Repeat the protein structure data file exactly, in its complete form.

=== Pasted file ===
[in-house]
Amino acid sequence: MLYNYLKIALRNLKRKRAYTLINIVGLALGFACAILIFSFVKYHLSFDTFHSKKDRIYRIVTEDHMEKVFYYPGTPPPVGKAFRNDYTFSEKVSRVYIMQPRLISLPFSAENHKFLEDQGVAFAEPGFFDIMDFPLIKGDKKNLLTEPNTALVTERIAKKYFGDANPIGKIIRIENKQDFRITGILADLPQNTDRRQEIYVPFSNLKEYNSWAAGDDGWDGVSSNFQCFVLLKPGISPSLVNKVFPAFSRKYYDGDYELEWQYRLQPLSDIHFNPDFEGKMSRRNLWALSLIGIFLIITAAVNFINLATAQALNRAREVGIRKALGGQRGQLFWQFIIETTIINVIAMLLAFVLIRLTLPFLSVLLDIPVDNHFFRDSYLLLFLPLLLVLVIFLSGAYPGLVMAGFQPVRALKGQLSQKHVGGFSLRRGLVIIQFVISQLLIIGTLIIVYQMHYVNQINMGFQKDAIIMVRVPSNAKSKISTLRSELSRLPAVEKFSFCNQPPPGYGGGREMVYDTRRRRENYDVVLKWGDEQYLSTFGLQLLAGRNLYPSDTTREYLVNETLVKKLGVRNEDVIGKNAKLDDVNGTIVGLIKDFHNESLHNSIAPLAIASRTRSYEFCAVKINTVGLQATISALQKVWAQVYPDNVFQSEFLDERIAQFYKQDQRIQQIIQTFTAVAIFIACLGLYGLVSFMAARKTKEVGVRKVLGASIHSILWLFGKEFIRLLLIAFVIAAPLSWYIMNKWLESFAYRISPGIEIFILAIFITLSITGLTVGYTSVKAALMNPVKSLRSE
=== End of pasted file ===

[in-house]
Amino acid sequence: MLYNYLKIALRNLKRKRAYTLINIVGLALGFACAILIFSFVKYHLSFDTFHSKKDRIYRIVTEDHMEKVFYYPGTPPPVGKAFRNDYTFSEKVSRVYIMQPRLISLPFSAENHKFLEDQGVAFAEPGFFDIMDFPLIKGDKKNLLTEPNTALVTERIAKKYFGDANPIGKIIRIENKQDFRITGILADLPQNTDRRQEIYVPFSNLKEYNSWAAGDDGWDGVSSNFQCFVLLKPGISPSLVNKVFPAFSRKYYDGDYELEWQYRLQPLSDIHFNPDFEGKMSRRNLWALSLIGIFLIITAAVNFINLATAQALNRAREVGIRKALGGQRGQLFWQFIIETTIINVIAMLLAFVLIRLTLPFLSVLLDIPVDNHFFRDSYLLLFLPLLLVLVIFLSGAYPGLVMAGFQPVRALKGQLSQKHVGGFSLRRGLVIIQFVISQLLIIGTLIIVYQMHYVNQINMGFQKDAIIMVRVPSNAKSKISTLRSELSRLPAVEKFSFCNQPPPGYGGGREMVYDTRRRRENYDVVLKWGDEQYLSTFGLQLLAGRNLYPSDTTREYLVNETLVKKLGVRNEDVIGKNAKLDDVNGTIVGLIKDFHNESLHNSIAPLAIASRTRSYEFCAVKINTVGLQATISALQKVWAQVYPDNVFQSEFLDERIAQFYKQDQRIQQIIQTFTAVAIFIACLGLYGLVSFMAARKTKEVGVRKVLGASIHSILWLFGKEFIRLLLIAFVIAAPLSWYIMNKWLESFAYRISPGIEIFILAIFITLSITGLTVGYTSVKAALMNPVKSLRSE